ANY mooted plans for expanded milk production must be viewed sceptically unless they are based on cold hard facts and involve better income for dairy farmers.
Irish Creamery Milk Suppliers Association president Jackie Cahill, who issued the warning, said the ability at farm level to produce extra milk is not in question. “The much more important question was what markets were going to take the extra product, and how much of that export revenue would find its way back to the milk suppliers who were the foundation stones of the whole dairy sector edifice.”
He said the ICMSA has commissioned a report from Professor Michael Keane to estimate the likely cost of expansion.
His preliminary findings indicate that a 20% expansion between now and the year 2020 would require a capital outlay of €150 million.
Mr Cahill said he shouldn’t have to point out that a 20% expansion is very modest compared to the 50% increase in milk output that was set as a target in the recent Food Harvest Report.
But even this figure of €150 million for a 20% expansion will require serious thought and planning given the likely increased cost of funding in the future.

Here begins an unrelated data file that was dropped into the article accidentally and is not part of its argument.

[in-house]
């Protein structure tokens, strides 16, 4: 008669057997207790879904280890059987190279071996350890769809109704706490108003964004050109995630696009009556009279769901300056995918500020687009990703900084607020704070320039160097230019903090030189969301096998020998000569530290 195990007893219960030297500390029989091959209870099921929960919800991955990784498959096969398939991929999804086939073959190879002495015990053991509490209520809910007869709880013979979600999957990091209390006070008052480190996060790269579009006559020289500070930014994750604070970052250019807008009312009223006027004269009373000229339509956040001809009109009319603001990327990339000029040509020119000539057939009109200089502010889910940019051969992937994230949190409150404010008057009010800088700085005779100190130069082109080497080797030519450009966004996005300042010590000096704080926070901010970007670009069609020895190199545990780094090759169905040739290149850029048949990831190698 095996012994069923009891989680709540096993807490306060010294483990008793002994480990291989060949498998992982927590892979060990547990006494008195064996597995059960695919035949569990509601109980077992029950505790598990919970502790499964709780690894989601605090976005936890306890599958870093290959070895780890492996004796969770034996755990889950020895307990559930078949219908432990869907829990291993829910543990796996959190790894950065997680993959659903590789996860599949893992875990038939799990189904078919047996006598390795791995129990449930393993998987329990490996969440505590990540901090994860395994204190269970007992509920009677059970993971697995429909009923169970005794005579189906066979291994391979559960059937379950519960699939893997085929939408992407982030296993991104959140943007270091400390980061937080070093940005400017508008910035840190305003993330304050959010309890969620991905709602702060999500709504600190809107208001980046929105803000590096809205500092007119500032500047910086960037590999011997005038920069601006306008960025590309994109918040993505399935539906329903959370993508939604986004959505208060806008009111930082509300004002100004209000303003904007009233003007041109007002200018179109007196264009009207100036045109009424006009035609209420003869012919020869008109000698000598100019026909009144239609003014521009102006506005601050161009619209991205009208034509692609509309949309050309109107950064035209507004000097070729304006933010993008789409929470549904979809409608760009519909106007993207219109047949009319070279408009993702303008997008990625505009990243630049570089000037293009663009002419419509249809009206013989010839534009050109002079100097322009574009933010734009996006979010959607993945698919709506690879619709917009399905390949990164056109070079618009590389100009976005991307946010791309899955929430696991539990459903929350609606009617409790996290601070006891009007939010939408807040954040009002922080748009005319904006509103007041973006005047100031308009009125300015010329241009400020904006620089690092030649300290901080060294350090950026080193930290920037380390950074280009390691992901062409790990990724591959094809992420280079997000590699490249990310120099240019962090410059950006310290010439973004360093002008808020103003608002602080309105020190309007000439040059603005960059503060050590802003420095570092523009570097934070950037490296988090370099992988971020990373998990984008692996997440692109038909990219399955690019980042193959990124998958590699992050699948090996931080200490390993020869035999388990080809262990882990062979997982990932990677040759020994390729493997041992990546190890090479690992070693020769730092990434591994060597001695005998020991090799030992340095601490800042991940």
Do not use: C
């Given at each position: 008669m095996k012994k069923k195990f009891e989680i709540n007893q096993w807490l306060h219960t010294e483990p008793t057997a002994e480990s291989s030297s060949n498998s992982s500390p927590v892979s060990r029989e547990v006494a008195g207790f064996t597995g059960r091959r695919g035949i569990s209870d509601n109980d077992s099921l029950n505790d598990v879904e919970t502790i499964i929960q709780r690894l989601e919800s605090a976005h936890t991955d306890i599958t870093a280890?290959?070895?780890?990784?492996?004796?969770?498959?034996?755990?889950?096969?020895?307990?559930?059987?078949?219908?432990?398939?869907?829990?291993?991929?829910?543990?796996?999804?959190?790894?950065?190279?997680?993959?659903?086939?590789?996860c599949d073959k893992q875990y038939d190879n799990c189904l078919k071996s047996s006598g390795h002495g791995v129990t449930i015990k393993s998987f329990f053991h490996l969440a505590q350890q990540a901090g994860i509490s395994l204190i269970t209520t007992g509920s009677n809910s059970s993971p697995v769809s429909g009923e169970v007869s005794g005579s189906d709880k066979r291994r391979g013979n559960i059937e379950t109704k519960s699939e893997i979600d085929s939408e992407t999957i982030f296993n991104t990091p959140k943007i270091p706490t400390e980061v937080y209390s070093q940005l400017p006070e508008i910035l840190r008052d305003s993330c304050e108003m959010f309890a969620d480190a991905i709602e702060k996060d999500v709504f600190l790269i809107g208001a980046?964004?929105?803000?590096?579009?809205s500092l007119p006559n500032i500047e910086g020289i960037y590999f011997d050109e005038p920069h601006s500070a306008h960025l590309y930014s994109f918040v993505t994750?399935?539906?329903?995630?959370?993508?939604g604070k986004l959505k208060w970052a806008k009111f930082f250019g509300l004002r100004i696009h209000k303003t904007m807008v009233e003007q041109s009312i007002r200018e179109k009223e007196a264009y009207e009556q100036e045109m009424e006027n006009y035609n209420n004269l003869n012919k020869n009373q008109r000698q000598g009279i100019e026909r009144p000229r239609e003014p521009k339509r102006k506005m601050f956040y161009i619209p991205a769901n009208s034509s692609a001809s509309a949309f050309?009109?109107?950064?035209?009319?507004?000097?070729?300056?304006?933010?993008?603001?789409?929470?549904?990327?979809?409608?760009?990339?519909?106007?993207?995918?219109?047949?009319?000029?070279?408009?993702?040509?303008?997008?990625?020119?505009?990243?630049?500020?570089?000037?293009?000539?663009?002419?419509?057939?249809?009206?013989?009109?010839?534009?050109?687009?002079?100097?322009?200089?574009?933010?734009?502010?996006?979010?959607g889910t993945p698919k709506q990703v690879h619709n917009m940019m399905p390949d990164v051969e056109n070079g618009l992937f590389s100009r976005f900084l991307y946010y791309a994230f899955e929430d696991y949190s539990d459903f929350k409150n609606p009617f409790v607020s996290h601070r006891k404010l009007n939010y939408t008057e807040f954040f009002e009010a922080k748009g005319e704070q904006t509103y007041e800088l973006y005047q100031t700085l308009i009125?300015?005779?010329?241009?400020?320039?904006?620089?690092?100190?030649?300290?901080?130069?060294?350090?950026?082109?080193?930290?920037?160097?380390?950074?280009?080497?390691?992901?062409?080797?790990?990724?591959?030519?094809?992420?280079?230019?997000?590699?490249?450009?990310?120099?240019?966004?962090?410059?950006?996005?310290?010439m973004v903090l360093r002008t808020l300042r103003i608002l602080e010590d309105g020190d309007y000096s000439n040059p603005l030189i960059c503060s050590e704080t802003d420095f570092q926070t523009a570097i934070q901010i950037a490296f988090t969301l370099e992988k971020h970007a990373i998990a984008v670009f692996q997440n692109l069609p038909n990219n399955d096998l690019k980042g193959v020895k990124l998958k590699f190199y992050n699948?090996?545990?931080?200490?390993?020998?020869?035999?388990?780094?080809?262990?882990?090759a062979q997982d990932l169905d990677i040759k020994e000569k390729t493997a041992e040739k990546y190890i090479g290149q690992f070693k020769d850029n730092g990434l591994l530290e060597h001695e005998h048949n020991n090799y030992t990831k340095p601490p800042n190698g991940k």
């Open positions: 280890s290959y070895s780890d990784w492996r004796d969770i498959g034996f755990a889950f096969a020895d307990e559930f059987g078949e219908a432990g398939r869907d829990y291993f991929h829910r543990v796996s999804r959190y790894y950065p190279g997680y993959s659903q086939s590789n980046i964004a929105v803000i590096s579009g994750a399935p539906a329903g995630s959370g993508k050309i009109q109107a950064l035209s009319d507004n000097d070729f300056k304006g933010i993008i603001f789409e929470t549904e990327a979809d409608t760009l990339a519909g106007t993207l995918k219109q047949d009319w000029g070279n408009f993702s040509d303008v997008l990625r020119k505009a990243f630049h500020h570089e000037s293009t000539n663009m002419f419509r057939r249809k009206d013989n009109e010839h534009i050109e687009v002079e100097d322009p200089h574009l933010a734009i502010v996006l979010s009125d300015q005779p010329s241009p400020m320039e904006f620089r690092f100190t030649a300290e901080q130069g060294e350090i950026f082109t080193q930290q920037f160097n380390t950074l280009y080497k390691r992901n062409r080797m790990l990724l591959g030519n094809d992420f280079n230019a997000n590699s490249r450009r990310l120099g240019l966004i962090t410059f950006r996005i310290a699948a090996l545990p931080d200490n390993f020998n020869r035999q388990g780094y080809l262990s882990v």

He said Professor Keane has also provided estimates of the annualised cost of this investment which worked out at €14.3m.
On a per litre basis, the capital investment would be 16 cent per additional litre produced or an annual recurring cost of 1.6 litre for extra production.
Mr Cahill said the question of who will fund this investment is an issue which the dairy industry as a whole must address.
“While farmers should be encouraged to expand, and facilitated if that is their intention, it is unreasonable for the cost of this expansion to be loaded on all dairy farmers,” he said.
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